In the same year, I published a study that compared levels of support for populist political parties in the European Parliament elections with survey data on vaccine confidence collected by the Vaccine Confidence Project.

The results were remarkably clear: In countries such as France where anti-establishment politicians received more votes, vaccine confidence was lowest – that is, high proportions of the population disagreed with the statements that vaccines were safe, effective and important.

In contrast, nations where there was little support for populists had the most positive attitudes to vaccines.

At around the same time, I helped the Guardian analyse survey data that showed that 12 per cent of voters for Macron, a political centrist, believed that dangerous side-effects of vaccines were hidden from the public, compared with 44 per cent of voters for the far-right Le Pen.

French President Emmanuel Macron and far-right leader Marine Le Pen. (File photo: AFP/Joel Saget, Eric Feferberg)

What explains this link between populism and low vaccine confidence? Both are driven by a profound distrust in established elites and experts.

In the political arena, this manifests as a rejection of the centre-left and centre-right parties that have dominated West European democracies for the last few decades.

In the sphere of public health, vaccine hesitancy is driven by distrust of elites and experts – politicians, doctors and pharmaceutical companies – who promote vaccine programmes.

Support for populist politicians and parties remains strong in Europe – Le Pen is leading Macron across a number of polls for the 2022 French presidential election, for example.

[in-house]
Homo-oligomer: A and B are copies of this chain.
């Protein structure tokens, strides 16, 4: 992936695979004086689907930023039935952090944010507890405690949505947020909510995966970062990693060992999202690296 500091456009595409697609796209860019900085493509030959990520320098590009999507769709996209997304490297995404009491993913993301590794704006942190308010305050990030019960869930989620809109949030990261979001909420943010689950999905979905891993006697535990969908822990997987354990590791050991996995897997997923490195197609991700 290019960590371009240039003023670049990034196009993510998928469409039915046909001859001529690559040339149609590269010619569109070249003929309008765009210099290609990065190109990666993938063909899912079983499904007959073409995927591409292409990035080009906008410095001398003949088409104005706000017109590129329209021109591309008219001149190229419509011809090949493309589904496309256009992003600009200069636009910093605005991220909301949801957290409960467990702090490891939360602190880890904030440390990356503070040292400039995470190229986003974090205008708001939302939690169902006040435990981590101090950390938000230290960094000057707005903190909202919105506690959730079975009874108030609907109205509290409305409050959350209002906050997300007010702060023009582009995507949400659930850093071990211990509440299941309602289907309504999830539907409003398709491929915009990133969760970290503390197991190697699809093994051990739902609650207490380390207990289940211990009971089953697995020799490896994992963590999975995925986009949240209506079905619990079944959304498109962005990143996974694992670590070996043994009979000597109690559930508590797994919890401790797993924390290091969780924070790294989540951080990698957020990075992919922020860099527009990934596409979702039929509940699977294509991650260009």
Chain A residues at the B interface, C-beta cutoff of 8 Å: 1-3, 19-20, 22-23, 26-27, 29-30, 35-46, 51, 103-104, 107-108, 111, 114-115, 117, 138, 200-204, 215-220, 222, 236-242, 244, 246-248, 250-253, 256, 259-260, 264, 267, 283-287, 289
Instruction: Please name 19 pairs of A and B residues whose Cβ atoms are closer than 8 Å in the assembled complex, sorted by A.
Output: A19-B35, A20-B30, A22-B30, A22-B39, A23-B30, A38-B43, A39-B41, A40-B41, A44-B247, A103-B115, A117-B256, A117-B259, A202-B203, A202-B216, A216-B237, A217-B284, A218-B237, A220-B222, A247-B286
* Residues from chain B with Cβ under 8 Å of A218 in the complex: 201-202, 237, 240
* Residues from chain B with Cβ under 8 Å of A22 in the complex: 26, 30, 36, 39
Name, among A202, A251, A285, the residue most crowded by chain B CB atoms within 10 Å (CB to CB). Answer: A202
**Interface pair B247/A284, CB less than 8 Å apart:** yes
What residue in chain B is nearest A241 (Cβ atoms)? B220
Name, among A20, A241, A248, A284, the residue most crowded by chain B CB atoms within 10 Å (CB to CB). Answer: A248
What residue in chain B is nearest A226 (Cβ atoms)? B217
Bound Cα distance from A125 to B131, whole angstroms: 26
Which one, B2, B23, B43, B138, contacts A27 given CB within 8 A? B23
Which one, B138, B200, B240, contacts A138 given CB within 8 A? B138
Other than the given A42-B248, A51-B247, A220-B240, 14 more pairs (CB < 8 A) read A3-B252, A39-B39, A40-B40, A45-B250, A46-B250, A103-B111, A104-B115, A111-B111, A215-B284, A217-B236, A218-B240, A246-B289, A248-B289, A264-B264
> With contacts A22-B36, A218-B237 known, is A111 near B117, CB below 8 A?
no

This reflects a broader social context that fosters vaccine scepticism. It is, therefore, unsurprising that concerns about the AstraZeneca jab have undermined confidence in it.

READ: Commentary: Misinformation threatens Singapore’s COVID-19 vaccination programme

READ: Commentary: COVID-19 vaccines - geopolitical rivalry and more could complicate roll-out


It could have been predicted that in this climate, statements that placed elite medical expertise in doubt – such as those from President Macron or Handelsblatt – would be particularly problematic.

It’s helpful, too, to remember that attitudes to vaccines sit on a continuum. At one extreme are the convinced antivaxxers, who propagate wild conspiracy theories and attract great attention.

But a far larger proportion of the population lie towards the centre of this continuum.

These “fence sitters” want to work out what’s best for them and their families, have perhaps been exposed to vaccine misinformation, and are unsure whether vaccines are safe and effective.

They may be particularly swayed by eye-catching statements in the mainstream media that undermine vaccines – but they can also be influenced positively, too.

READ: Commentary: Will people really refuse a COVID-19 vaccine out of fear?

(Photo: AP) Virus Outbreak-Antivax Rebranding

Support for COVID-19 vaccines in France generally is low at 40 per cent, but has risen significantly since November 2020, when it was just 25 per cent. If fence sitters can be swayed, confidence can be built.

Vaccines are the most important tool we have to end the pandemic.

But with large stockpiles of the AstraZeneca vaccine in countries like France and Germany, it’s vital that politicians look beyond the issue of supply, which is still a dominant focus.

The millions of unused AstraZeneca doses highlight that it’s crucial to understand how fragile vaccine confidence is in some European countries, and to make sure ill-advised comments don’t undermine demand.

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Jonathan Kennedy is Senior Lecturer in Global Public Health at Queen Mary University of London. This commentary first appeared on The Conversation.

Source: CNA/el